DC has lost an Icon... RIP Abe Pollin

During the past day and a half, there have been many local columnists, bloggers, reporters, celebrities, and media personalities doing tributes to the recently deceased owner of the Washington Wizards Abe Pollin. But you know, all the great things that has been said about Abe Pollin is well-deserved. In my opinion, he was probably one of the most important non-political figures here in DC, as he was very integral and single-handedly had a lot to do with the revitalization of what the city of DC has become today.

For those who just vaguely know the name of "Abe Pollin" he was known as the passionate sports owner. He owned the professional basketball team here in DC, that he brought from Chicago, then to Baltimore, then to DC. This team eventually became known as the Washington Bullets, then (due to political incorrectness) later became known as the Washington Wizards. He also brought professional hockey to Washington when the Expansion Capitals came to the NHL in '74. Overall, during his career in sports, he has owned 3 teams in the NBA's Bullets/Wizards, WNBA's Mystics, and NHL's Capitals.

But what I think what people would really remember him for is building the MCI Center (now Verizon Center) right smackdab in the middle of Washington, DC. An outstanding thing about that is that he pretty much built this arena with his own money, because at the time, the city was broke, and didn't have the money to issue bonds to pay to build the arena. If you lived in DC back then, you would remember that this part of the area was a pretty scary area to go to (almost as bad as the Anacostia/Southeast DC area was). But even more outstanding than that was that Abe Pollin building that arena pretty led to getting that area, and eventually the whole city becoming revitalized. Before that arena, there was nothing but run down buildings and apartment complexes, filled with lots of shady characters walking down the street. Nobody would think of getting off the Gallery-Place Metro Station. Now, that particular Metro Stop is pretty much the place to get off. There are tons of businesses around that arena, like office buildings, all sorts of restaurants, clubs, etc. Roughly 12 years after that arena opened that particular area of DC has become the spot where everything is happening.

Abe Pollin building that arena was the catalyst to the growth of the whole city of Washington, DC during the past 10 years. He inspired more real-estate moguls from around the country to take notice in this area and invest in this area by building properties, which eventually led to having this city more attractive overall, and raised the per capita income in the city and stimulated the local economy. If Abe didn't build the MCI Center, we wouldn't have building such as the Spy Museum, we wouldn't have most of the restaurants that we'd have (like Legal Sea Foods, the ESPN Zone, etc), and we wouldn't have Nationals Park, and arguably, the Washington Nationals. (The Expos were brought here because through it's well-improved economy during the past decade, partly thanks to the MCI Center, it was thought that this city can support a baseball team, and build a beautiful new stadium that people hoped could do for SE DC what the MCI Center did to Chinatown).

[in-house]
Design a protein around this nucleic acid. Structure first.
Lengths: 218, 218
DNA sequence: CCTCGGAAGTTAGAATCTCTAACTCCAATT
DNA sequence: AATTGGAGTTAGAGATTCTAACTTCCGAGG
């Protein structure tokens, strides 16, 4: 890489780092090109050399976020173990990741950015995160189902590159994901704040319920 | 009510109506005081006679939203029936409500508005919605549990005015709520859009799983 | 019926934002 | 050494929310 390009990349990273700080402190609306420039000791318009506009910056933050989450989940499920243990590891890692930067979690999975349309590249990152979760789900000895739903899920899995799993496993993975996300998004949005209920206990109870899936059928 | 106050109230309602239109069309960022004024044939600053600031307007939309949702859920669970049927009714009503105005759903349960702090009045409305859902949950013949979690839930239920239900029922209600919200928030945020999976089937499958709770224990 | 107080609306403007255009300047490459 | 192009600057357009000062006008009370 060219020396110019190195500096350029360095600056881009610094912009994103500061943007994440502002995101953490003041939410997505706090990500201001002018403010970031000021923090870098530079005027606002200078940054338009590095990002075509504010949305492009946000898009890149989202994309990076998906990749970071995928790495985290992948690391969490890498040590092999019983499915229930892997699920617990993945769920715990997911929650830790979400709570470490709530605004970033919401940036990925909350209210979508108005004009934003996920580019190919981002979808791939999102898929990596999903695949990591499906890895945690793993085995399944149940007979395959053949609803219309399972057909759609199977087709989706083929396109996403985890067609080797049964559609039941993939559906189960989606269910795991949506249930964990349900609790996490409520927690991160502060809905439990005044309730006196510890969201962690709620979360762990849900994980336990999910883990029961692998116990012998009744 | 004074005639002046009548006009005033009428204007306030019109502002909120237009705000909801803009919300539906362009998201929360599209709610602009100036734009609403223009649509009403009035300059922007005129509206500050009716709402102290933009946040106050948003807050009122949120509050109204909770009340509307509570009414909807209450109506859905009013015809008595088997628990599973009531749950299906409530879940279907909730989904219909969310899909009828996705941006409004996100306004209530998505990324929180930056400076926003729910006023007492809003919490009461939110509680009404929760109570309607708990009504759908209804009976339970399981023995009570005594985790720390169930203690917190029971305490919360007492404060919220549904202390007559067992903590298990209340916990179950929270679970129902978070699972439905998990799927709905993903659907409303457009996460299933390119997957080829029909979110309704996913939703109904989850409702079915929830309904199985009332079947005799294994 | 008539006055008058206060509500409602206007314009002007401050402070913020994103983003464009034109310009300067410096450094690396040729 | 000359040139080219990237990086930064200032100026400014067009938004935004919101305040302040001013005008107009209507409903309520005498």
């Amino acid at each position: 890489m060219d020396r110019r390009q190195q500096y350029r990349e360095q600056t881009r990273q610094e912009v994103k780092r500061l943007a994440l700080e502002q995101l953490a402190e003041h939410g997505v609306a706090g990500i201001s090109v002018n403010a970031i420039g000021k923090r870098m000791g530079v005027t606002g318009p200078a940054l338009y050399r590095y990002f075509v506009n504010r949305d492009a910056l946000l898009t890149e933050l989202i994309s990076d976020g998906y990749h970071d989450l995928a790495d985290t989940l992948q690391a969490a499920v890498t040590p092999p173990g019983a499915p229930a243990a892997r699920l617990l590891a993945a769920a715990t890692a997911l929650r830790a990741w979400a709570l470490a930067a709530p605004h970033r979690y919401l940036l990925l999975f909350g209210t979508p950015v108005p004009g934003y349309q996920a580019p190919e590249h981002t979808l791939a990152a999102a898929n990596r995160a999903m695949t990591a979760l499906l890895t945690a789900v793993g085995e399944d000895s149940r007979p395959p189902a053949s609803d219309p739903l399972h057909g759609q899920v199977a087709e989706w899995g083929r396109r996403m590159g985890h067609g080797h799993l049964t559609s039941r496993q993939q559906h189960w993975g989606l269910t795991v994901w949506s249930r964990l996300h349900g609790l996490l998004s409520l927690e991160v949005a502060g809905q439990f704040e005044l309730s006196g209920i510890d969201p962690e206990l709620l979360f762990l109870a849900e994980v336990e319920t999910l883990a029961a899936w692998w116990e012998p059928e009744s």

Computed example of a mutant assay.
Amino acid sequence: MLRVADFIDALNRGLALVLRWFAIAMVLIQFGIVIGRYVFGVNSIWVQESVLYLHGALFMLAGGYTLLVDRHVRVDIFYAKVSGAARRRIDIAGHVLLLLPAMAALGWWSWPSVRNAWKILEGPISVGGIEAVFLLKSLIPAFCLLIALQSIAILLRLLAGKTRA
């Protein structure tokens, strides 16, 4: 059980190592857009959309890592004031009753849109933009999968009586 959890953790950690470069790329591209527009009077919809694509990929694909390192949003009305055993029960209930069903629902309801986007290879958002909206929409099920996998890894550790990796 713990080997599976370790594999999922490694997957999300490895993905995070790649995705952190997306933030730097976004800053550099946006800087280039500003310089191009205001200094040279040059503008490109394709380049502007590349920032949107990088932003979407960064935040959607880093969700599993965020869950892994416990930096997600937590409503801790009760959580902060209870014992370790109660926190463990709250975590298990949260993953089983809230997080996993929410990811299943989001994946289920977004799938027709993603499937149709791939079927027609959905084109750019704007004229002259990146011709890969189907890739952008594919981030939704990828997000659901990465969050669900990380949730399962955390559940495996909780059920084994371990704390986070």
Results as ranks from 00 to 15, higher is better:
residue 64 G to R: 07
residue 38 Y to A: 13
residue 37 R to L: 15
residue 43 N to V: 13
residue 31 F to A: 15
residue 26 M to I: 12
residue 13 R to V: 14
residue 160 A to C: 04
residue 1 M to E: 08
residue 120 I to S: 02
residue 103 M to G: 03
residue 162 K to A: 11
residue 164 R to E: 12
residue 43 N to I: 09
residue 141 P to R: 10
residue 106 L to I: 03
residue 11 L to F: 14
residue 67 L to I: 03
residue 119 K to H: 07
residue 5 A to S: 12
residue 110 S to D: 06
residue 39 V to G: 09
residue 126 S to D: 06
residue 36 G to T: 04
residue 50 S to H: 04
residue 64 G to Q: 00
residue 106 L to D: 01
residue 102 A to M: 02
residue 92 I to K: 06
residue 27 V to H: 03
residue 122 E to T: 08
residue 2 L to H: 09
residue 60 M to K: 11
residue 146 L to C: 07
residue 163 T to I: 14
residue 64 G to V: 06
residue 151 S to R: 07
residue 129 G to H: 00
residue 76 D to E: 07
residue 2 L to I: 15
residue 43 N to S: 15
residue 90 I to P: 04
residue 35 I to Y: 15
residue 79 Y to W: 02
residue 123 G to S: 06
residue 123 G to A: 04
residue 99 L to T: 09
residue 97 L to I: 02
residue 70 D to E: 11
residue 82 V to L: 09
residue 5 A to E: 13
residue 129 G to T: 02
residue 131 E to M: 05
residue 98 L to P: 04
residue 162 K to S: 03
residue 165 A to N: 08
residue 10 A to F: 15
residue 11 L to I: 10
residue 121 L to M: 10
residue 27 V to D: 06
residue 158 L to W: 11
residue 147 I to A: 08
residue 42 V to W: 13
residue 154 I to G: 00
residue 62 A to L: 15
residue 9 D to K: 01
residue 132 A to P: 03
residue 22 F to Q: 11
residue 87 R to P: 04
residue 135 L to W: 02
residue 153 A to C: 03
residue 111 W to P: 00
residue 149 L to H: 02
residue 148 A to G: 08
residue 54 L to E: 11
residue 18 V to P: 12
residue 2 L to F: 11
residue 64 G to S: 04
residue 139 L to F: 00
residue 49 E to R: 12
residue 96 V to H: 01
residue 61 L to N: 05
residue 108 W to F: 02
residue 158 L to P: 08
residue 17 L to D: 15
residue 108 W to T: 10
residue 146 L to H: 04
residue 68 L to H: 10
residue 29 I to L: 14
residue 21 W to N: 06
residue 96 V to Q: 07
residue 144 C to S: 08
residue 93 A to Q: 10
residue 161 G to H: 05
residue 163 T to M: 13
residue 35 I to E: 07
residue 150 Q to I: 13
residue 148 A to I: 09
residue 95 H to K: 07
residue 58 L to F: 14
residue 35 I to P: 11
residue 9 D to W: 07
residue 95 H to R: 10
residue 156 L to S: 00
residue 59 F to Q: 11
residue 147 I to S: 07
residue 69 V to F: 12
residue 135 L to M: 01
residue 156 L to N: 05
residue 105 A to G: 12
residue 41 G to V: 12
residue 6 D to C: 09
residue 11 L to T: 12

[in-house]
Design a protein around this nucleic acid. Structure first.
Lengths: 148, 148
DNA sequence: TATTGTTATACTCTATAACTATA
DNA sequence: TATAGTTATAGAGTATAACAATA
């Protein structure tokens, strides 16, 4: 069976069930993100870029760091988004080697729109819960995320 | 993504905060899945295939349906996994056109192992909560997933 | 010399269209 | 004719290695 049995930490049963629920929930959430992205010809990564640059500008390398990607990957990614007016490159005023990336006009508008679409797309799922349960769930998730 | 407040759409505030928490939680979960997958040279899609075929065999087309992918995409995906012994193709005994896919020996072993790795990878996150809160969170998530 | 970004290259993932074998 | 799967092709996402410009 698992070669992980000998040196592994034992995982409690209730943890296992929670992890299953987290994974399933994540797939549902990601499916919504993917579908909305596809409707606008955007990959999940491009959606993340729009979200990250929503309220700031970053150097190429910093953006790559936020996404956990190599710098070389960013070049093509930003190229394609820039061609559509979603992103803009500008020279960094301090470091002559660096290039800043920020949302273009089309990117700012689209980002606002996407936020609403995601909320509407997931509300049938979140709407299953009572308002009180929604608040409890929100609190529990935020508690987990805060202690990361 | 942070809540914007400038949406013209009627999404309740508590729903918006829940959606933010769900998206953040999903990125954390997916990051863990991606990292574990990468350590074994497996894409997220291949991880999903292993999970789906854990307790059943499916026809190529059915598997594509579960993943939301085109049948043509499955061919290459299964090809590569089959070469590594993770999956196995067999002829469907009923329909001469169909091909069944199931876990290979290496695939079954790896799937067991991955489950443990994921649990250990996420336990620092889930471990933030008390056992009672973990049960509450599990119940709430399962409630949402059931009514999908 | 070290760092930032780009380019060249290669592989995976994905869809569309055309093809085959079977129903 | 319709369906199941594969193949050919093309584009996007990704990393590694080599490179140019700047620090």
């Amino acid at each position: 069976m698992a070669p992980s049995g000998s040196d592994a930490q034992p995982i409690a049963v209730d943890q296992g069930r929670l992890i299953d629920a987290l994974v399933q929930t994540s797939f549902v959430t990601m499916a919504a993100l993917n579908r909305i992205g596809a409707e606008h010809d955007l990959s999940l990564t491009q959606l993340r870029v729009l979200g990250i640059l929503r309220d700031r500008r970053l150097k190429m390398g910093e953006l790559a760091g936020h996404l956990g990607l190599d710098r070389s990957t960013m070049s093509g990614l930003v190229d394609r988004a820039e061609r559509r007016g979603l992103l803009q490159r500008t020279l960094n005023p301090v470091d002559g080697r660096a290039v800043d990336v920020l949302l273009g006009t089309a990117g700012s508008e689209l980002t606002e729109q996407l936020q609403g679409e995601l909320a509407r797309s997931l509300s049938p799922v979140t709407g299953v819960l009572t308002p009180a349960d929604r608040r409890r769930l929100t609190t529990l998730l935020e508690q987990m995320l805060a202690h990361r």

But as far as the Arena itself, it was one of the most revolutionary arenas of it's time, with a Jumbotron that was the first of it's kind (which later became an HD screen of it's kind), with several luxury suites, and cosy seats on the concourse. I remembered seeing the arena when it debuted on December '97 when the Wizards played the Sonics, and was just impressed with what I saw in TV. Then, when I got to go to my first event in MCI Center (which was a WCW Starrcade Wrestling Pay-Per-View), I was simply awestruck by the arena, as there was not a bad seat in the house. I have since then been to many other events in this arena, and has sat in many different sections, and I'm still awestruck with everything I've seen (as the last event I've been through, coincidentally, was another wrestling pay-per-view, in WWE Survivor Series this past Sunday).

People will truly remember Mr. Pollin for what all that he's done in this city... through building this arena, and through his other charity and philantrophic work. He'd donated millions to charity, give houses and money to the less fortunate, and along with Gilbert Arenas, help build schools around the area (through the Gilbert scores for schools program). He has singlehandedly done more for this particular city, than probably most owners in any city has done for theirs. I've previously blogged about current Washington Capitals owner Ted Leonsis, and most of Mr. Leonsis principles were modeled from what Mr. Pollin believed in.

Unless you've lived in this area, you can't really understand how important Abe Pollin has been to this city. But even then, even if you lived in the area, you wouldn't really know the full extent of how he really was a human being and how he worked. (Even I doubted him at times, and was clueless with some of the decisions he's made in certain times, such as his firing of Michael Jordan as an executive. At the time, I didn't know it, but it turned out to be a great move).

But, I would say, that I do know, that through everything he has accomplished in the past 5 decades, it would be hard to top his legacy, not only as an NBA Owner, but as a person in general.

So RIP Mr. Pollin. The D.M.V. is surely going to miss you. Your love and accomplishments to this area is something that I personally want to get to someday, and without it, this city wouldn't be where it is. Washington Sports and Entertainment, and Washington, DC in general will never be the same about you!



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